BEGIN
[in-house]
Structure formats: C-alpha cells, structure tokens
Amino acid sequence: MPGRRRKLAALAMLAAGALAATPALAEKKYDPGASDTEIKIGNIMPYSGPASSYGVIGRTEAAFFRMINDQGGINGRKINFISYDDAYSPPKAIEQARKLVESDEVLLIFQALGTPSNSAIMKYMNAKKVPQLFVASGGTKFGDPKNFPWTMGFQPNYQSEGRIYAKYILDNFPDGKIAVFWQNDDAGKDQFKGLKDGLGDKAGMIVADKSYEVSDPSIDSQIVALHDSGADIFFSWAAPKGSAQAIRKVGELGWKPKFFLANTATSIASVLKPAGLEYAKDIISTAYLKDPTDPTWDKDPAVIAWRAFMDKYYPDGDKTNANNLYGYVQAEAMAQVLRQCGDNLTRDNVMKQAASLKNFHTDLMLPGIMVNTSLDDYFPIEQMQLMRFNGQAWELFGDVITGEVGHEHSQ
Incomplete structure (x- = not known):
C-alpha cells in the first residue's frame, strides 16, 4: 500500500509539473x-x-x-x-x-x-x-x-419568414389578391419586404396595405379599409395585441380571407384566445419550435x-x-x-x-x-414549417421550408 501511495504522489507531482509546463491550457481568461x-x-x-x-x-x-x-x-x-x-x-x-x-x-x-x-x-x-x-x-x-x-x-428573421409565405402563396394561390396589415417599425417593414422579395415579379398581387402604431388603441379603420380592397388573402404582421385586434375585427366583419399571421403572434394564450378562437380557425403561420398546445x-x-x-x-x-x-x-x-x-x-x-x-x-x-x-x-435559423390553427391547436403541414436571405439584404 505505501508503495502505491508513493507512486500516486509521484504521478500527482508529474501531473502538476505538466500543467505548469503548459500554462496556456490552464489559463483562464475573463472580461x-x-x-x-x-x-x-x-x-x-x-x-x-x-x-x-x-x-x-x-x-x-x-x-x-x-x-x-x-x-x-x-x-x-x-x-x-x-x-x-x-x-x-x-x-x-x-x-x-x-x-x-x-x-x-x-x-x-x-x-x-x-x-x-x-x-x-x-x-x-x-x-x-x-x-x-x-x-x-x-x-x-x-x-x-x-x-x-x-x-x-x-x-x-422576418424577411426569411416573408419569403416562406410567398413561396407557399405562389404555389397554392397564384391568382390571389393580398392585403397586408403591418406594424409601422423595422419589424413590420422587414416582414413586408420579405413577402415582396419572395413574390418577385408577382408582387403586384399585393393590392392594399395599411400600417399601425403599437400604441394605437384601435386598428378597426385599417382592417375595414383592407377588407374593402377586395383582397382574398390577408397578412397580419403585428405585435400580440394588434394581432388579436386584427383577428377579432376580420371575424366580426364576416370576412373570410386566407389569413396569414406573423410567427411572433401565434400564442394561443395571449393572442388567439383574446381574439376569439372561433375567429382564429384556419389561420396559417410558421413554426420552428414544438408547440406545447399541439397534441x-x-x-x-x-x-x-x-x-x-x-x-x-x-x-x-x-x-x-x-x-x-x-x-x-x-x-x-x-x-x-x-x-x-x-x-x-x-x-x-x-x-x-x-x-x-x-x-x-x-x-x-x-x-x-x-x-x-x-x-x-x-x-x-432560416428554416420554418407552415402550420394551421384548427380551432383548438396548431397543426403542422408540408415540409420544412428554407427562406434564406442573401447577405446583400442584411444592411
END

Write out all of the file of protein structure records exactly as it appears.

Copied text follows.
[in-house]
Structure formats: C-alpha cells, structure tokens
Amino acid sequence: MPGRRRKLAALAMLAAGALAATPALAEKKYDPGASDTEIKIGNIMPYSGPASSYGVIGRTEAAFFRMINDQGGINGRKINFISYDDAYSPPKAIEQARKLVESDEVLLIFQALGTPSNSAIMKYMNAKKVPQLFVASGGTKFGDPKNFPWTMGFQPNYQSEGRIYAKYILDNFPDGKIAVFWQNDDAGKDQFKGLKDGLGDKAGMIVADKSYEVSDPSIDSQIVALHDSGADIFFSWAAPKGSAQAIRKVGELGWKPKFFLANTATSIASVLKPAGLEYAKDIISTAYLKDPTDPTWDKDPAVIAWRAFMDKYYPDGDKTNANNLYGYVQAEAMAQVLRQCGDNLTRDNVMKQAASLKNFHTDLMLPGIMVNTSLDDYFPIEQMQLMRFNGQAWELFGDVITGEVGHEHSQ
Incomplete structure (x- = not known):
C-alpha cells in the first residue's frame, strides 16, 4: 500500500509539473x-x-x-x-x-x-x-x-419568414389578391419586404396595405379599409395585441380571407384566445419550435x-x-x-x-x-414549417421550408 501511495504522489507531482509546463491550457481568461x-x-x-x-x-x-x-x-x-x-x-x-x-x-x-x-x-x-x-x-x-x-x-428573421409565405402563396394561390396589415417599425417593414422579395415579379398581387402604431388603441379603420380592397388573402404582421385586434375585427366583419399571421403572434394564450378562437380557425403561420398546445x-x-x-x-x-x-x-x-x-x-x-x-x-x-x-x-435559423390553427391547436403541414436571405439584404 505505501508503495502505491508513493507512486500516486509521484504521478500527482508529474501531473502538476505538466500543467505548469503548459500554462496556456490552464489559463483562464475573463472580461x-x-x-x-x-x-x-x-x-x-x-x-x-x-x-x-x-x-x-x-x-x-x-x-x-x-x-x-x-x-x-x-x-x-x-x-x-x-x-x-x-x-x-x-x-x-x-x-x-x-x-x-x-x-x-x-x-x-x-x-x-x-x-x-x-x-x-x-x-x-x-x-x-x-x-x-x-x-x-x-x-x-x-x-x-x-x-x-x-x-x-x-x-x-422576418424577411426569411416573408419569403416562406410567398413561396407557399405562389404555389397554392397564384391568382390571389393580398392585403397586408403591418406594424409601422423595422419589424413590420422587414416582414413586408420579405413577402415582396419572395413574390418577385408577382408582387403586384399585393393590392392594399395599411400600417399601425403599437400604441394605437384601435386598428378597426385599417382592417375595414383592407377588407374593402377586395383582397382574398390577408397578412397580419403585428405585435400580440394588434394581432388579436386584427383577428377579432376580420371575424366580426364576416370576412373570410386566407389569413396569414406573423410567427411572433401565434400564442394561443395571449393572442388567439383574446381574439376569439372561433375567429382564429384556419389561420396559417410558421413554426420552428414544438408547440406545447399541439397534441x-x-x-x-x-x-x-x-x-x-x-x-x-x-x-x-x-x-x-x-x-x-x-x-x-x-x-x-x-x-x-x-x-x-x-x-x-x-x-x-x-x-x-x-x-x-x-x-x-x-x-x-x-x-x-x-x-x-x-x-x-x-x-x-432560416428554416420554418407552415402550420394551421384548427380551432383548438396548431397543426403542422408540408415540409420544412428554407427562406434564406442573401447577405446583400442584411444592411